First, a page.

Years of surplus production and record grain harvests swelled global food reserves and reduced prices by 35 percent since a record in 2011.
FAO senior economist Abdolreza Abbassian said there were no harbingers of an upward price trend in the months ahead, adding that signs of a slowdown in China were being reflected in imports of agricultural commodities like soybeans.
The food price drop was also spurred by factors “including the slump in energy prices and concerns about China’s economic slowdown and its negative consequences on the global economy and financial markets”, the FAO said.
“Nevertheless, compared to the index’s historic peak in August 2014, overall prices were down by 18 percent, with pig and ovine meat the most affected, although poultry and bovine meat quotations also slid markedly over the period”, the statement said. “Quite a striking divergence from what people were expecting a few years ago”.
The collapse in food prices comes as British farmers face receiving late Government payments following the bungled transition from the old subsidy payment system to a new digital process.
There are “abundant wheat supplies, supported by larger-than-anticipated harvests in the northern hemisphere”, the agency wrote.
“The food bill will go down”, he said. “Right now indications are for the reverse”.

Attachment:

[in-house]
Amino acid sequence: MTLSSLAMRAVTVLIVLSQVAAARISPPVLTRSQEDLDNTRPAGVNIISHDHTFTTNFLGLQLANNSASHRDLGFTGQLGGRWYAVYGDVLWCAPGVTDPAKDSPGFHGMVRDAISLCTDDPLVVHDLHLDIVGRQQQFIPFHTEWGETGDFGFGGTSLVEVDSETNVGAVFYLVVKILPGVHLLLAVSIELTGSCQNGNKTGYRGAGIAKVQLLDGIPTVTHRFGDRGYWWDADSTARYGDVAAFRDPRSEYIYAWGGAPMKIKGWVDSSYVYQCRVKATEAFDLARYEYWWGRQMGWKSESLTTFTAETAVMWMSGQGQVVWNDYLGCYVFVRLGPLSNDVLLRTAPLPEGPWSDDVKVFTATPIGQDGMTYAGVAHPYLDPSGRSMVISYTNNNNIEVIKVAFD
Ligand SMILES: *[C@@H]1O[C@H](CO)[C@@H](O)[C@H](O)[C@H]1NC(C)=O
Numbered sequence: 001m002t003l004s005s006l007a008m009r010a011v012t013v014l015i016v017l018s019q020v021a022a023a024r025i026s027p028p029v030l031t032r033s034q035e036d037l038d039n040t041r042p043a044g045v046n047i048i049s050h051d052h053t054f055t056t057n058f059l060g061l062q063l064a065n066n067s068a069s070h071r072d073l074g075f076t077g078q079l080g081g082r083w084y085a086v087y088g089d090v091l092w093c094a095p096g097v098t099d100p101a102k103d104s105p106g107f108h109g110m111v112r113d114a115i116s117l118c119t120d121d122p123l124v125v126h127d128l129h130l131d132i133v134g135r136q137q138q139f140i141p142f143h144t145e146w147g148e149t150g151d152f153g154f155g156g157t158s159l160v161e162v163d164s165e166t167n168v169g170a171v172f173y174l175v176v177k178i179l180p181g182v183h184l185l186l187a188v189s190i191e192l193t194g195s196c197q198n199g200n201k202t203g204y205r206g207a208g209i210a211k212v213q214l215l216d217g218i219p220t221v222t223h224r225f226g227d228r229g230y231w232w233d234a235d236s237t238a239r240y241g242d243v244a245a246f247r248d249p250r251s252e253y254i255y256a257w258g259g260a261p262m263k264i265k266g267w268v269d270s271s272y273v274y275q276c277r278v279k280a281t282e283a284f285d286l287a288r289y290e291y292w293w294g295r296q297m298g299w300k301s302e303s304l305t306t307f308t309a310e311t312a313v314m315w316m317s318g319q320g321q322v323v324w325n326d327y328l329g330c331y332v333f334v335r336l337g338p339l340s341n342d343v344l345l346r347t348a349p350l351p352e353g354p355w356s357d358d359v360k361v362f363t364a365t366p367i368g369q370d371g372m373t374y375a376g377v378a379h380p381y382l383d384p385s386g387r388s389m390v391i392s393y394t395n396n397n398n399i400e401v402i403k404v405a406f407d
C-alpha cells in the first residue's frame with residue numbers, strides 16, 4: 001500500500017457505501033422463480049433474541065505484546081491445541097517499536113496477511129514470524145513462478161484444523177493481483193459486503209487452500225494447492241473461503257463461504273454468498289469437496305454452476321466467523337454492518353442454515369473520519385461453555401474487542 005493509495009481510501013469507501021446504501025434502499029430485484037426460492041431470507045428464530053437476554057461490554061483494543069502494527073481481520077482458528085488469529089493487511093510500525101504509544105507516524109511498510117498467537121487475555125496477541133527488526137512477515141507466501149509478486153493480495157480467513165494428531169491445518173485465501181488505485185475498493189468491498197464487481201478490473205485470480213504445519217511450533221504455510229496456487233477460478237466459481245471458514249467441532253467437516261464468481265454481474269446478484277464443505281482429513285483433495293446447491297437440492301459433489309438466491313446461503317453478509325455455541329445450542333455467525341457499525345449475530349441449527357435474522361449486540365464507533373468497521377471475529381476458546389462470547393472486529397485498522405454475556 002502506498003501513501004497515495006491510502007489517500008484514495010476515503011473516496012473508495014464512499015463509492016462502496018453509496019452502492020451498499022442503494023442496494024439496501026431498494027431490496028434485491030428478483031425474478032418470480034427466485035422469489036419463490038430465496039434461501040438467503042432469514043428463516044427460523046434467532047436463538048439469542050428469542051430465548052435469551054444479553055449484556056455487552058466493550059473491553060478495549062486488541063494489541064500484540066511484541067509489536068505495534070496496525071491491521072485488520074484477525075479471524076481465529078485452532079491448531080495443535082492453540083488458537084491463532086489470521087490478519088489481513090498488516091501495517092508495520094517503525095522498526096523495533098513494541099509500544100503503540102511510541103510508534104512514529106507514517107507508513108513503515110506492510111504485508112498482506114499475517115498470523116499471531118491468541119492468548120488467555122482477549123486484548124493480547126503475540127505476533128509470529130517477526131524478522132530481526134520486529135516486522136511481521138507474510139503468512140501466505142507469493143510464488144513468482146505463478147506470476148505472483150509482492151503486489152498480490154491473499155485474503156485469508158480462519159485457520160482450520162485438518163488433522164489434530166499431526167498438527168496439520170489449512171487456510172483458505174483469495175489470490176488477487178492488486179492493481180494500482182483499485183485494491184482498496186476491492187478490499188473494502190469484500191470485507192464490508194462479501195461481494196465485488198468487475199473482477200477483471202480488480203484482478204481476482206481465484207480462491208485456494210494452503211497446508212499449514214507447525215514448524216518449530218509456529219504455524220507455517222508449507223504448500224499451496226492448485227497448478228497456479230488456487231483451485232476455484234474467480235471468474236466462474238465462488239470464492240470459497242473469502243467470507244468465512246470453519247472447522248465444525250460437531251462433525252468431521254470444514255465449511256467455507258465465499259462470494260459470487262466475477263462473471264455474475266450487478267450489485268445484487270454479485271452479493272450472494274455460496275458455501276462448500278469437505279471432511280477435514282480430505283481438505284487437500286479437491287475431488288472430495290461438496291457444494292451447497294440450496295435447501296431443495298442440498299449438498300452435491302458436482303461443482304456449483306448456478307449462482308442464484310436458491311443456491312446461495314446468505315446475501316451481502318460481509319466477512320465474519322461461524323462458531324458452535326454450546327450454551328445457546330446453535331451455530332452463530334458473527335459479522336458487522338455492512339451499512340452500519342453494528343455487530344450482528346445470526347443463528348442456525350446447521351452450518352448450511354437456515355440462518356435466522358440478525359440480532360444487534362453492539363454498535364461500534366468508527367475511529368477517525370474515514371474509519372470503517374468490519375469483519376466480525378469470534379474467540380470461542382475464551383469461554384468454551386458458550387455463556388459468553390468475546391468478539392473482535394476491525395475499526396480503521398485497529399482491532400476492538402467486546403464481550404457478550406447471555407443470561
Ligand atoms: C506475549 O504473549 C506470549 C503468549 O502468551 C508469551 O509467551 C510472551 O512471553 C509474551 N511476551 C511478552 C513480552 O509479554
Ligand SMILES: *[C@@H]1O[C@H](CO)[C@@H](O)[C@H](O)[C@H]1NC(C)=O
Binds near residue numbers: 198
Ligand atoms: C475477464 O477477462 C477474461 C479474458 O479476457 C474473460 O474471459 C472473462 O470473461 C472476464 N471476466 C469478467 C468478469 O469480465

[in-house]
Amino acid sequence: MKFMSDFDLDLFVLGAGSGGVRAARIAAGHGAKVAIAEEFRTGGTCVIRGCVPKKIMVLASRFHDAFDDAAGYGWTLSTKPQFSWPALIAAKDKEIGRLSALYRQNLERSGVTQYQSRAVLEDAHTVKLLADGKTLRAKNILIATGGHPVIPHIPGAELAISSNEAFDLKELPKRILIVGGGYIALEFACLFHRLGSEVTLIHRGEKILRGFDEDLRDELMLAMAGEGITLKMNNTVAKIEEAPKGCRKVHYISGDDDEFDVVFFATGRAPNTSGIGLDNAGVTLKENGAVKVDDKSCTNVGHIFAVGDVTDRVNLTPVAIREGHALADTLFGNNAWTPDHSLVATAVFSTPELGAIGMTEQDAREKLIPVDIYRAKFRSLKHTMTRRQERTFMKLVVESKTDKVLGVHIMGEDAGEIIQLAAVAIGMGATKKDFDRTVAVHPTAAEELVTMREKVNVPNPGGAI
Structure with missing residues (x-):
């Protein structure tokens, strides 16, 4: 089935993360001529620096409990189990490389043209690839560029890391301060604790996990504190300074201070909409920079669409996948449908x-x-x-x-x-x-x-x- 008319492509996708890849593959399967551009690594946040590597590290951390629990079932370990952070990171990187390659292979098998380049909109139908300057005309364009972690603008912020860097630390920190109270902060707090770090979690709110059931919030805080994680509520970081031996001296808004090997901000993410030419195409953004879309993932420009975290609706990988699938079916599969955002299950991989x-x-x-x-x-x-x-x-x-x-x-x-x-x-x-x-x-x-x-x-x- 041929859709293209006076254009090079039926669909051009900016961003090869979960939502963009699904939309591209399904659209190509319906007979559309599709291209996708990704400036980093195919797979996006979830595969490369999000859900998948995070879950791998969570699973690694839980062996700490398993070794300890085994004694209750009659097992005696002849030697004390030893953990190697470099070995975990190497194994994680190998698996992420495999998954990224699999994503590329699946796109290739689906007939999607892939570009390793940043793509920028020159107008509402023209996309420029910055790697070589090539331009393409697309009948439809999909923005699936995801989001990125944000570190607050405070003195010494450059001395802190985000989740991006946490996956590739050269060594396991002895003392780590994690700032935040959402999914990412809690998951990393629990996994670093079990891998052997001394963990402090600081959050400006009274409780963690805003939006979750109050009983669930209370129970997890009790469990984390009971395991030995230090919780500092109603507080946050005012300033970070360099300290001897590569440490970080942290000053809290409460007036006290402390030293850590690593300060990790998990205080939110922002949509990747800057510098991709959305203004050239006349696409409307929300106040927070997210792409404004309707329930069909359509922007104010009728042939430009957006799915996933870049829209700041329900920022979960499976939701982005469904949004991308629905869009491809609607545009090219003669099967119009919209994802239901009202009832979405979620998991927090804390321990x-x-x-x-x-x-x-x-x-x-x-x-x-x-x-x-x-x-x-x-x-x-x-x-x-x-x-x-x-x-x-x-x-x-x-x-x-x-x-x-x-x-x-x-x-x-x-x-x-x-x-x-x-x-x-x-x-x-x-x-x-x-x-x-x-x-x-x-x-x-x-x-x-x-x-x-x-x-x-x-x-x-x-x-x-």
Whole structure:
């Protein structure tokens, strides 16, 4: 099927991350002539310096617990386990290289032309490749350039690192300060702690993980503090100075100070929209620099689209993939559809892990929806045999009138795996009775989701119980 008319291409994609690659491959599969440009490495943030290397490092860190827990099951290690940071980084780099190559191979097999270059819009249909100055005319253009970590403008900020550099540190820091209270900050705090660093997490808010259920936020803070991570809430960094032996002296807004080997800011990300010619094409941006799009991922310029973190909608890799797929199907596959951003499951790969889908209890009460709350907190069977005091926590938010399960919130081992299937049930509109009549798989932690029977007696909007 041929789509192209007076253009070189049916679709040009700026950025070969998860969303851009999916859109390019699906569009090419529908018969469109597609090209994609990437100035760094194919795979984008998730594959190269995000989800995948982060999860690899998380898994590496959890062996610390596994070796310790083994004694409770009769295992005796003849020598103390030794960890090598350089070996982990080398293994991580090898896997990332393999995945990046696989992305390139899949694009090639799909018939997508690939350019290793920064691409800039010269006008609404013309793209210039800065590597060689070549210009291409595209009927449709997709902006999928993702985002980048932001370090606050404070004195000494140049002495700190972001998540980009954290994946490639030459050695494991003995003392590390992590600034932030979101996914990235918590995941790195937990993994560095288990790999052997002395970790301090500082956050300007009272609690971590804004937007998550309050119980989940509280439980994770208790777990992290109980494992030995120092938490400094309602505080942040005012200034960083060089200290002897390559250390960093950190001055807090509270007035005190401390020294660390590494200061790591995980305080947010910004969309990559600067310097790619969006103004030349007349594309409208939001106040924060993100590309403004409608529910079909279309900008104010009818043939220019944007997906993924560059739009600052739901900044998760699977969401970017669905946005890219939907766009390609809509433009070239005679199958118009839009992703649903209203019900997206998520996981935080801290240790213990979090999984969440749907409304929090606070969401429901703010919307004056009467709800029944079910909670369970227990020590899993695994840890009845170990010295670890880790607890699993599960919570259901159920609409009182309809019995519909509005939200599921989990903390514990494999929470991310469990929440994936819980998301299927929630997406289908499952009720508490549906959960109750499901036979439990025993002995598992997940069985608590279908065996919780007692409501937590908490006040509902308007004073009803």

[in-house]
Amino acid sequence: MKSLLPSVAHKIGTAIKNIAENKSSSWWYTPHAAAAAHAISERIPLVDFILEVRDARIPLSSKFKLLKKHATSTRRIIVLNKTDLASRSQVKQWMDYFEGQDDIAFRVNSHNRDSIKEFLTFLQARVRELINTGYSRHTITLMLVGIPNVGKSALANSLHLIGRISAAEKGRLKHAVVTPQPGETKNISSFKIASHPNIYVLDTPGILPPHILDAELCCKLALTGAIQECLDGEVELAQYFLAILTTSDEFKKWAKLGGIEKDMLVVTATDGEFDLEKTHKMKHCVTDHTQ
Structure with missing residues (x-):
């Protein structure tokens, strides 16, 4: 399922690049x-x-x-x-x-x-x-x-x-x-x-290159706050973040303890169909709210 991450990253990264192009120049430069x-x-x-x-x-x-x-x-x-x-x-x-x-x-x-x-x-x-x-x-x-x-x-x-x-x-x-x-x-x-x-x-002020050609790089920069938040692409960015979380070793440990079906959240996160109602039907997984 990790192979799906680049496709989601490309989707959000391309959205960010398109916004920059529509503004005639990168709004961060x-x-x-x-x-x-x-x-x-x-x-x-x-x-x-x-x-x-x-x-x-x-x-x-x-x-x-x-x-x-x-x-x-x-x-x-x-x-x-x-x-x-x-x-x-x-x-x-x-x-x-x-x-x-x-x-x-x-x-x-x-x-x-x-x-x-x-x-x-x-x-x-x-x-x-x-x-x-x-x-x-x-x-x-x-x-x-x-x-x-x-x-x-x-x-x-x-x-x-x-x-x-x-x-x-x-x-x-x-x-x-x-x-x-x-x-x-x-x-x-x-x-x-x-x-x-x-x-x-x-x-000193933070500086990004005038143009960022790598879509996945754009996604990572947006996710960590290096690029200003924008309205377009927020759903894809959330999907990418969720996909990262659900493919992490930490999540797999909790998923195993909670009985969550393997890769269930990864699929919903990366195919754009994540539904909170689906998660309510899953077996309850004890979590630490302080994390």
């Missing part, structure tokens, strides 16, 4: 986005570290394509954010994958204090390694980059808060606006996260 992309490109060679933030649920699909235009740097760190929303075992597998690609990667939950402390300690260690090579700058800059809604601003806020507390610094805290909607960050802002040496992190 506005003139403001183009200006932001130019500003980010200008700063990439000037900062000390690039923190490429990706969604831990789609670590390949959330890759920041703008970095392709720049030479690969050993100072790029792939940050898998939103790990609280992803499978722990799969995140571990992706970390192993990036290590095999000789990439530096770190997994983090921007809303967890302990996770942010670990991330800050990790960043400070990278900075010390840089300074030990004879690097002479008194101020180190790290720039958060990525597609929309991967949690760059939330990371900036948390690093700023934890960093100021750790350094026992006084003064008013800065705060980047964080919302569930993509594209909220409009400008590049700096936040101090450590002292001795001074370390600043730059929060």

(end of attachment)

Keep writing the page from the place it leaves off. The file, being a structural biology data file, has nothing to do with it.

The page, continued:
“A country of that population and size slowing down affects all sectors, agriculture included”, Abbassian said.
But the falling prices are unlikely to be reversed any time soon.
Virtually all major food commodities registering marked dips.
The United Nations agency is forecasting increased production of cereal, coarse grains, wheat and rice for 2015, which is likely to further push down prices. The decline is primarily conditioned with the decline in worldwide prices of palm oil, mainly as a result of lower import demand, particularly from India and China against the background of the expected growth of production volume.
The organization’s index of global foods includes prices for grain, meat, dairy, edible oils and sugar. A sugar index fell 10 percent to the lowest since 2007 as a weaker Brazilian real encouraged more outbound shipments and on expectations that India will become a net exporter of the sweetener.